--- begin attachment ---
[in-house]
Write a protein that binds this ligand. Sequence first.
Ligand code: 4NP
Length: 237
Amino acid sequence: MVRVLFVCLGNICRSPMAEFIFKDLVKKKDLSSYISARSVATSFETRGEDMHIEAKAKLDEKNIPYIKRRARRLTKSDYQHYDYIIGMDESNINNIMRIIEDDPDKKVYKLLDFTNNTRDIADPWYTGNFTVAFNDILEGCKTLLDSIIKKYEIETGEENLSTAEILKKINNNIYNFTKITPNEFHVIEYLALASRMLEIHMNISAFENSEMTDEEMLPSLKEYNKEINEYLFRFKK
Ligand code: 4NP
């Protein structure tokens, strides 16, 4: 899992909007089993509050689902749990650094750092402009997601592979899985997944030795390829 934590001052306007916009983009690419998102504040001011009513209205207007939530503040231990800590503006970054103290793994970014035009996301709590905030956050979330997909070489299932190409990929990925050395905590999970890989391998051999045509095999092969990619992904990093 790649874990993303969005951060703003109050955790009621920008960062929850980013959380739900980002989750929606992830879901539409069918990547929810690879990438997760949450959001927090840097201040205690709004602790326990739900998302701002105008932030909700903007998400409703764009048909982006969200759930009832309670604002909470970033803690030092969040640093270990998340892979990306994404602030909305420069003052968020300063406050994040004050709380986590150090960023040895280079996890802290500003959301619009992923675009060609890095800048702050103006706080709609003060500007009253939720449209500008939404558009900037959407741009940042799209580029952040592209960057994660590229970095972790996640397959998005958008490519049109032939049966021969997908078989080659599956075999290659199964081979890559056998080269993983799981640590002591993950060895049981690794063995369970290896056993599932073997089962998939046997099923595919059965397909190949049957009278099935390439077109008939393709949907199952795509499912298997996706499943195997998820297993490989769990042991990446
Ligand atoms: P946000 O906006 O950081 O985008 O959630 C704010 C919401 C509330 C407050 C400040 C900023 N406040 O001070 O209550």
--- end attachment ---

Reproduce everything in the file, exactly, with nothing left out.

[in-house]
Write a protein that binds this ligand. Sequence first.
Ligand code: 4NP
Length: 237
Amino acid sequence: MVRVLFVCLGNICRSPMAEFIFKDLVKKKDLSSYISARSVATSFETRGEDMHIEAKAKLDEKNIPYIKRRARRLTKSDYQHYDYIIGMDESNINNIMRIIEDDPDKKVYKLLDFTNNTRDIADPWYTGNFTVAFNDILEGCKTLLDSIIKKYEIETGEENLSTAEILKKINNNIYNFTKITPNEFHVIEYLALASRMLEIHMNISAFENSEMTDEEMLPSLKEYNKEINEYLFRFKK
Ligand code: 4NP
């Protein structure tokens, strides 16, 4: 899992909007089993509050689902749990650094750092402009997601592979899985997944030795390829 934590001052306007916009983009690419998102504040001011009513209205207007939530503040231990800590503006970054103290793994970014035009996301709590905030956050979330997909070489299932190409990929990925050395905590999970890989391998051999045509095999092969990619992904990093 790649874990993303969005951060703003109050955790009621920008960062929850980013959380739900980002989750929606992830879901539409069918990547929810690879990438997760949450959001927090840097201040205690709004602790326990739900998302701002105008932030909700903007998400409703764009048909982006969200759930009832309670604002909470970033803690030092969040640093270990998340892979990306994404602030909305420069003052968020300063406050994040004050709380986590150090960023040895280079996890802290500003959301619009992923675009060609890095800048702050103006706080709609003060500007009253939720449209500008939404558009900037959407741009940042799209580029952040592209960057994660590229970095972790996640397959998005958008490519049109032939049966021969997908078989080659599956075999290659199964081979890559056998080269993983799981640590002591993950060895049981690794063995369970290896056993599932073997089962998939046997099923595919059965397909190949049957009278099935390439077109008939393709949907199952795509499912298997996706499943195997998820297993490989769990042991990446
Ligand atoms: P946000 O906006 O950081 O985008 O959630 C704010 C919401 C509330 C407050 C400040 C900023 N406040 O001070 O209550």